So light pollution is harmful, but what's the cultural importance of being able to see the stars?

The Southern Cross from the Kalahari (with visible Coalsack Nebula) (Photo by Vernon Swanepoel from flickr)

Indigenous Australian Astronomical Knowledge

Indigenous Australians and Torres Strait Islanders are the oldest astronomers on this planet. These complex knowledge systems intertwine science with storytelling, forming a way of understanding, explaining and predicting nature.

Astronomy is a large element of these traditions. Creation stories include both the land below and the sky above. The stars home ancestors and spirits, operating as law books to remind people of important life lessons. As light pollution blocks access to seeing the stars, it also blocks this cultural connection.

Furthermore, it risks continuing the damage to Indigenous communities' knowledge and languages caused by colonisation. Light pollution threatens cultural continuity, or the ability for the culture to be passed onto the next generation.

Until recently, the Australian school curriculum only taught the European names and histories of the stars. Indigenous Astronomical Knowledge has recently been added to the National Curriculum, with insightful resources compiled for Grade 5 and 8 students, incorporating this knowledge into seven key learning areas. This is a vital move in recognising the importance of conserving Indigenous knowledge and languages.

What Can We Do to Reduce Light Pollution?

Fortunately, it is possible to reverse light pollution- unlike most other forms of pollution. You can make a difference by only using lighting when necessary, drawing the blinds to keep light inside at night, and using sensor lights outside your home at night.

A few other ways forward include using ADSA approved night-friendly lighting and better urban lighting design (such as intelligent street lighting). Better regulation of LED lighting and more independent research into alternative lighting. And importantly- keep supporting, platforming and listening to Indigenous voices in science!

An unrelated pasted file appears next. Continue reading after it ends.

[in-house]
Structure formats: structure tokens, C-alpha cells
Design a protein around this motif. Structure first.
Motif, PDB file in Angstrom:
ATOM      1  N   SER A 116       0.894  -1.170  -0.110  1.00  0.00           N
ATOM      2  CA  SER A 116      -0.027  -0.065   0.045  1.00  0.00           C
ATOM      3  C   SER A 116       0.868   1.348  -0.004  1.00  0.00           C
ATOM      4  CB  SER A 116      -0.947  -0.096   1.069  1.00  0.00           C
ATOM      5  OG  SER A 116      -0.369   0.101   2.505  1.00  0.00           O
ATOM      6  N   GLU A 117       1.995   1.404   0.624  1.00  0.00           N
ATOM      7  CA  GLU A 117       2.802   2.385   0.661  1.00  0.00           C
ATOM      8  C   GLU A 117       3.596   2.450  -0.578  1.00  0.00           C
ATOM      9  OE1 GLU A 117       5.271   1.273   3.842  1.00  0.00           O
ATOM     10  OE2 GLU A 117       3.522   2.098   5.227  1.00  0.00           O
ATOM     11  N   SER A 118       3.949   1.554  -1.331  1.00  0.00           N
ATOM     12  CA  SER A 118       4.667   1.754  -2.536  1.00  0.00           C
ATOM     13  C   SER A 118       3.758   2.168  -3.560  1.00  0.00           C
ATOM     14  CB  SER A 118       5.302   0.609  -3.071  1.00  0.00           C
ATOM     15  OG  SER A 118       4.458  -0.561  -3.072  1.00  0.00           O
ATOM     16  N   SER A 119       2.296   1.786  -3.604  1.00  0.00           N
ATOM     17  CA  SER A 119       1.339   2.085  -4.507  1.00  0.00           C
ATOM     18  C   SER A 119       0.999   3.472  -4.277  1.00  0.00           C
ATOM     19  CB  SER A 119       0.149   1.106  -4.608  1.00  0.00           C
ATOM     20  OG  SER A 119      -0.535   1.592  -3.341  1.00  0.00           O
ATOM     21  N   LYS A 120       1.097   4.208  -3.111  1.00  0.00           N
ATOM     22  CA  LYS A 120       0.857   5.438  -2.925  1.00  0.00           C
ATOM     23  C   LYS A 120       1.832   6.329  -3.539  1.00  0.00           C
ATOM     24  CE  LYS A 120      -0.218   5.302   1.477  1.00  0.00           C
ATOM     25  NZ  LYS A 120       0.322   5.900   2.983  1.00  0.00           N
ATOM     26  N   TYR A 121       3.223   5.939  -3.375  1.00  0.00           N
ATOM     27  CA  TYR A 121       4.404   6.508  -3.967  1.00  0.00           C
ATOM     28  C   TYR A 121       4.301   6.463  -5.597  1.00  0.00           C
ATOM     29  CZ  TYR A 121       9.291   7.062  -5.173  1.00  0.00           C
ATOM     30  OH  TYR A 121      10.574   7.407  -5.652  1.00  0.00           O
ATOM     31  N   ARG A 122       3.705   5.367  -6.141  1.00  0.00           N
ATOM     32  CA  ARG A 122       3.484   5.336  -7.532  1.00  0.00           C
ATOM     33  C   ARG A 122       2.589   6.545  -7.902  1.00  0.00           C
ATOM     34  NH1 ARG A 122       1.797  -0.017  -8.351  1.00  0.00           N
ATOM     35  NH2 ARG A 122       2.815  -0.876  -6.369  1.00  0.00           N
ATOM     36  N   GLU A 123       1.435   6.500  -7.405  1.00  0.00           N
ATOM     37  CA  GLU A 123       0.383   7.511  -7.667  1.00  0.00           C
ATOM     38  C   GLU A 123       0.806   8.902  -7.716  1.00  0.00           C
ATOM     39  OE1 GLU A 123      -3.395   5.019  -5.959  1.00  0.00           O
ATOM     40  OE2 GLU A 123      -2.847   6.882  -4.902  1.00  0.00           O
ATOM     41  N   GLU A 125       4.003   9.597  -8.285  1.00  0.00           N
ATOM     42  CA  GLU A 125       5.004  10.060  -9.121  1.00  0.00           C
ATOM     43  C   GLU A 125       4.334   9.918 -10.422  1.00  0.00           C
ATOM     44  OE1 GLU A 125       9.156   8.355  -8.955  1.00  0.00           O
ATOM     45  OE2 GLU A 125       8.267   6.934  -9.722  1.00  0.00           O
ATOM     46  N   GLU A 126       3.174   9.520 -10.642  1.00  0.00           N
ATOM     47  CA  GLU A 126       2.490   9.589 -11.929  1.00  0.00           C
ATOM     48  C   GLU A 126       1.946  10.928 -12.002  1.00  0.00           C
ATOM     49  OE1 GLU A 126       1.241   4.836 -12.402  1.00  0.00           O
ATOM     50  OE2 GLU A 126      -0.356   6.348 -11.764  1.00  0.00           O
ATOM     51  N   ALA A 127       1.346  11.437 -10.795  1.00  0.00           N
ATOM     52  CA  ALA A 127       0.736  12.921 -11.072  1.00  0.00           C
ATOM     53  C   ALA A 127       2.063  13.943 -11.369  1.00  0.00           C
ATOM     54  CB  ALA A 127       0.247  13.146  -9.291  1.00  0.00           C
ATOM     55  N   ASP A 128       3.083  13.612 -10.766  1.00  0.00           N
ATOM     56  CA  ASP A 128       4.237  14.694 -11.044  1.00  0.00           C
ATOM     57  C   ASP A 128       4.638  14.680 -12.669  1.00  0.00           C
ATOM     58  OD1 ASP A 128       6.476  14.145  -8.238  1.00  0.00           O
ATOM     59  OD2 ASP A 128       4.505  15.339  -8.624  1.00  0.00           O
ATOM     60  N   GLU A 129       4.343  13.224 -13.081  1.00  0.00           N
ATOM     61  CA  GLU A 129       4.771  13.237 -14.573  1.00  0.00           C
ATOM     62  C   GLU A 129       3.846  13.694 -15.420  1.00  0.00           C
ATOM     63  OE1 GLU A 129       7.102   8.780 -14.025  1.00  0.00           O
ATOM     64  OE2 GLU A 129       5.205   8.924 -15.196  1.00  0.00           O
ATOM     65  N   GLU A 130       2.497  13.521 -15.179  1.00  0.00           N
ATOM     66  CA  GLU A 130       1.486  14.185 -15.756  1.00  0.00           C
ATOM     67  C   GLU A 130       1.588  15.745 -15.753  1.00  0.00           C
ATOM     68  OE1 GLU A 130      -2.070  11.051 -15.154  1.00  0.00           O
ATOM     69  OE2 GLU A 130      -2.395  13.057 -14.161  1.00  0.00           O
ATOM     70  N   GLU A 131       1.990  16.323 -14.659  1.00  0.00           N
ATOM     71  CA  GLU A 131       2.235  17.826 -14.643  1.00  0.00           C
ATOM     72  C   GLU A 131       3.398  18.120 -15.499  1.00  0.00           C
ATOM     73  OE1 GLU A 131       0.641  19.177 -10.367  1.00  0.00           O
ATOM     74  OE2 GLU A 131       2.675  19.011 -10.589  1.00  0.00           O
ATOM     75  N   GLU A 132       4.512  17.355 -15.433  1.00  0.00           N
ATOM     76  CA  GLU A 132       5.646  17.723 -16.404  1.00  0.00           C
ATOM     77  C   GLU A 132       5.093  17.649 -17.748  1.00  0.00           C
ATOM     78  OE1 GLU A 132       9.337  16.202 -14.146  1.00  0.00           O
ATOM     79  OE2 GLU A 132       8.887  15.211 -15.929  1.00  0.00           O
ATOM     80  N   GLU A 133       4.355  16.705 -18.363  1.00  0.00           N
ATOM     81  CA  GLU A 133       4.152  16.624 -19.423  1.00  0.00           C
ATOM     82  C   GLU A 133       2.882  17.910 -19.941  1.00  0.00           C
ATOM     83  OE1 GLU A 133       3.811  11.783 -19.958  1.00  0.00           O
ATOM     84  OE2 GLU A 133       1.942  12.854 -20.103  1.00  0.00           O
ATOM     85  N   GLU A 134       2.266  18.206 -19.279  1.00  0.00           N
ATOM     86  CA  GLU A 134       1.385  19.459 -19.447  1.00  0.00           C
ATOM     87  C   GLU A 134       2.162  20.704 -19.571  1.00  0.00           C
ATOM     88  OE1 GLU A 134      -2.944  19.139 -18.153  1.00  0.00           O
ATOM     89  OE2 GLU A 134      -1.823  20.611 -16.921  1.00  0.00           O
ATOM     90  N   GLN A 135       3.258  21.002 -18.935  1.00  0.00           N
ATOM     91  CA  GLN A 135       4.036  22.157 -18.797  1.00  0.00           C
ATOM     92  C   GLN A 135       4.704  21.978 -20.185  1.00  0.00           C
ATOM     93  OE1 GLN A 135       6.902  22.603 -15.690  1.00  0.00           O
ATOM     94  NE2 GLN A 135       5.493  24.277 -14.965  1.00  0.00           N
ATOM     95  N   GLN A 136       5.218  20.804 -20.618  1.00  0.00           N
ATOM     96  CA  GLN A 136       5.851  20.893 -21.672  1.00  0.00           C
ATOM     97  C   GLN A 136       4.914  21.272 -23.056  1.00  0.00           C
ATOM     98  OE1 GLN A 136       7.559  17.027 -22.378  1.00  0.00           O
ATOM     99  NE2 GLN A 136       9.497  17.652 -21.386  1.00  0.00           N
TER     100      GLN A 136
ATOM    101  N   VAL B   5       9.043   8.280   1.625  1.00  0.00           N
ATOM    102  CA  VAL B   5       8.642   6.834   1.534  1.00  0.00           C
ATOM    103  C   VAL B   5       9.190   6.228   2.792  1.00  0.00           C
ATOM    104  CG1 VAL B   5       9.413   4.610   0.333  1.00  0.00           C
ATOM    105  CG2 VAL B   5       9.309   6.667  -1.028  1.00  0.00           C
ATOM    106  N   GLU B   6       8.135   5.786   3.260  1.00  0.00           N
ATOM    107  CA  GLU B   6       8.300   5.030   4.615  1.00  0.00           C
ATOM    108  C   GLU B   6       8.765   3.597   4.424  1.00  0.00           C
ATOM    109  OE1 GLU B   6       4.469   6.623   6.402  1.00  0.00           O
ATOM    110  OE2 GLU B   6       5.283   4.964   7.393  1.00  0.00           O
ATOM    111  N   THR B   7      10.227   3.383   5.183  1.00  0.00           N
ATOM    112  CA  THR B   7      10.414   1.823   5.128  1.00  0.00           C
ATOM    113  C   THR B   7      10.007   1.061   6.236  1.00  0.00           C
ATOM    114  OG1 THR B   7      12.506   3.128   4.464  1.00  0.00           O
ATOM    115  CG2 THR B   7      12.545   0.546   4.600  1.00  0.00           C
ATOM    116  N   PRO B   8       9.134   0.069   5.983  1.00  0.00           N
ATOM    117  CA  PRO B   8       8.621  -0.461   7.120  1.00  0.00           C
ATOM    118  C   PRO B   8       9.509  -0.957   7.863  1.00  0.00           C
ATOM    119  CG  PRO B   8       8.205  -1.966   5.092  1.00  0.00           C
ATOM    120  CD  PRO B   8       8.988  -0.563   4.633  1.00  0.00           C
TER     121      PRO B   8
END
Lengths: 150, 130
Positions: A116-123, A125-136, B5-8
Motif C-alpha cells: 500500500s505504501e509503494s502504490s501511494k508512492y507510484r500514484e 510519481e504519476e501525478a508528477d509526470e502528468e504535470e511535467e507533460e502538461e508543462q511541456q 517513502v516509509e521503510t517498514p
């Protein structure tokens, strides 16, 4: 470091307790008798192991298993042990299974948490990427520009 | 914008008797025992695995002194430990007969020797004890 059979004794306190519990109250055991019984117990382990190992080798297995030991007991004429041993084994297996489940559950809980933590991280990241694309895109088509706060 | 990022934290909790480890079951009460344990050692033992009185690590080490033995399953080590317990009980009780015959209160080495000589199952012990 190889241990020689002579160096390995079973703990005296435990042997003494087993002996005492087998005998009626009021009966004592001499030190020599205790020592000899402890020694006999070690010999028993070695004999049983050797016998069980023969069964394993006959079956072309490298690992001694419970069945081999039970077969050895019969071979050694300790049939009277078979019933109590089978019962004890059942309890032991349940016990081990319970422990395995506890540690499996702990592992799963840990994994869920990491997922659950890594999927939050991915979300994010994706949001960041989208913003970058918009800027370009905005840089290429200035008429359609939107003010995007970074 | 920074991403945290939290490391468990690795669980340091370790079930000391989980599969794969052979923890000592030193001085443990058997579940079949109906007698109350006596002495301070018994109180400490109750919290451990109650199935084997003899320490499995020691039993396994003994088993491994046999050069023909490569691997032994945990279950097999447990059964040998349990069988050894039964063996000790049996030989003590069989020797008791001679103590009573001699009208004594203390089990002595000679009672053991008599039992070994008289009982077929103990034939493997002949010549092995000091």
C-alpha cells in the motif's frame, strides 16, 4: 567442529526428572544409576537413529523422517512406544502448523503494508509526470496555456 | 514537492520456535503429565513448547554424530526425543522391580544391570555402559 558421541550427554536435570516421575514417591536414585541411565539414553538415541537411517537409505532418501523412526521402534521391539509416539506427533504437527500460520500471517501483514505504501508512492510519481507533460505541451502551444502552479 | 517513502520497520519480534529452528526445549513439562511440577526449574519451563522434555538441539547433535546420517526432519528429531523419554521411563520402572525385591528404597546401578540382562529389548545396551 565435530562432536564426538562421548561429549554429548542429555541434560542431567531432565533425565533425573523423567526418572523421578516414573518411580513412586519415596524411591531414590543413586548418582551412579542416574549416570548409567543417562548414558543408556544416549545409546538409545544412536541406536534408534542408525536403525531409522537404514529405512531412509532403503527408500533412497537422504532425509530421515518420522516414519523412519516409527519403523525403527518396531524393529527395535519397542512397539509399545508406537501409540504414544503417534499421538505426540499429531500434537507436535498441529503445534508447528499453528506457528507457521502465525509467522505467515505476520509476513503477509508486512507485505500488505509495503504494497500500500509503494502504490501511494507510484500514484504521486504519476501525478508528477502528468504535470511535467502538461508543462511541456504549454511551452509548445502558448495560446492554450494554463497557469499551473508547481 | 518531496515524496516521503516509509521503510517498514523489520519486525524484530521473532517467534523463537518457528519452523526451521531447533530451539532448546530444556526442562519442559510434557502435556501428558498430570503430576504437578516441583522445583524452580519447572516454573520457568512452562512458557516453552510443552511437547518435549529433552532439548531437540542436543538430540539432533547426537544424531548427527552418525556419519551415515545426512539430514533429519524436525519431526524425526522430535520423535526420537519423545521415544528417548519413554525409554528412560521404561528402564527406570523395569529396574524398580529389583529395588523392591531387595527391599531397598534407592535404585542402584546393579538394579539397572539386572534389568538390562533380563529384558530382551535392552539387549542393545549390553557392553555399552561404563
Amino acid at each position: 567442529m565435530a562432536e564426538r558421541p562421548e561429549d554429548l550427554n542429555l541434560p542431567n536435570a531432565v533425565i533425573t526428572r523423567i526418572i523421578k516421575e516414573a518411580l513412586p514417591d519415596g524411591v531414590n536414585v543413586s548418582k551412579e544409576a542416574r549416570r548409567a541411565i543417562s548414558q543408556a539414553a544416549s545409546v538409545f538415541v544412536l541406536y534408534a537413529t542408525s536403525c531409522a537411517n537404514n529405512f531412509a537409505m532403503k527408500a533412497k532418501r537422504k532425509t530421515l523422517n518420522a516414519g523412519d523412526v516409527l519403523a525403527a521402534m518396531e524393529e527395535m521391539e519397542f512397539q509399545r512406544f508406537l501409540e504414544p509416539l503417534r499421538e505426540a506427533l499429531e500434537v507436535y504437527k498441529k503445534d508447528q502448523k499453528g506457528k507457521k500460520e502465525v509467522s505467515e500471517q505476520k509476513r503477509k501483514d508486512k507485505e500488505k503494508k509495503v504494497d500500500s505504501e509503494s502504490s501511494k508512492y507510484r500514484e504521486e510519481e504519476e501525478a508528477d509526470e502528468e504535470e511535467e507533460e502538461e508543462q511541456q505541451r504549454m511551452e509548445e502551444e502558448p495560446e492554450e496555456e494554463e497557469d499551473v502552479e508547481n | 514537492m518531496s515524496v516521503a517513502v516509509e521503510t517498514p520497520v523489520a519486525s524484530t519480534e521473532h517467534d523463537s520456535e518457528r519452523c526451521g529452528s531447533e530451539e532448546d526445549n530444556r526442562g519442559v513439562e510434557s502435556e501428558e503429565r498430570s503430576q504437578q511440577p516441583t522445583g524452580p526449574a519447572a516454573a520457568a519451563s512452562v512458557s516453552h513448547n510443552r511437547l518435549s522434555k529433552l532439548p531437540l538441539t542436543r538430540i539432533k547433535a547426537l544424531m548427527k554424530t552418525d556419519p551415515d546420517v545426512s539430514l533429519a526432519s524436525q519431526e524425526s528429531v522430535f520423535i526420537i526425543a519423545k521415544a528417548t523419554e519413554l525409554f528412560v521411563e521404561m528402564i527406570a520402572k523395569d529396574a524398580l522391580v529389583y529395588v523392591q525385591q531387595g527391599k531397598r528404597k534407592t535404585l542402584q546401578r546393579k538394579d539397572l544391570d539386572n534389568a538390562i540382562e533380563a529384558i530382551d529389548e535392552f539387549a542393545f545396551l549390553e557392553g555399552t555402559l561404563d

Conserving the night sky, and the associated Indigenous knowledge systems is just as important as our attempts to save any other ecosystem on our planet.


Safeguarding astronomical heritage from the erasure of light pollution


A/Prof Duane Hamacher


emu artwork by Scott ‘Sauce’ Towney, image Peter Lieverdink

Light pollution is actively destroying our ability to see the stars. Indigenous knowledge systems around the world are based on the stars, and the peoples' ability to observe and interpret stellar positions and properties is of critical importance for daily life and cultural continuity today. Efforts to reduce, minimise, or eliminate light pollution are being achieved with varying degrees of success, but urban expansion, poor lighting design, and the increased use of blue-light emitting LEDs as a cost-effective solution are worsening problems related to human health, wildlife, and astronomical heritage for the benefit of capitalistic economic growth.

Duane Hamacher is Associate Professor of Cultural Astronomy in the ARC Centre of Excellence in All-Sky Astrophysics in 3-Dimensions (ASTRO 3D) within School of Physics at the University of Melbourne. Duane researches cultural astronomy, Dark Sky studies, astronomical heritage, and the history and philosophy of science.



7.30 pm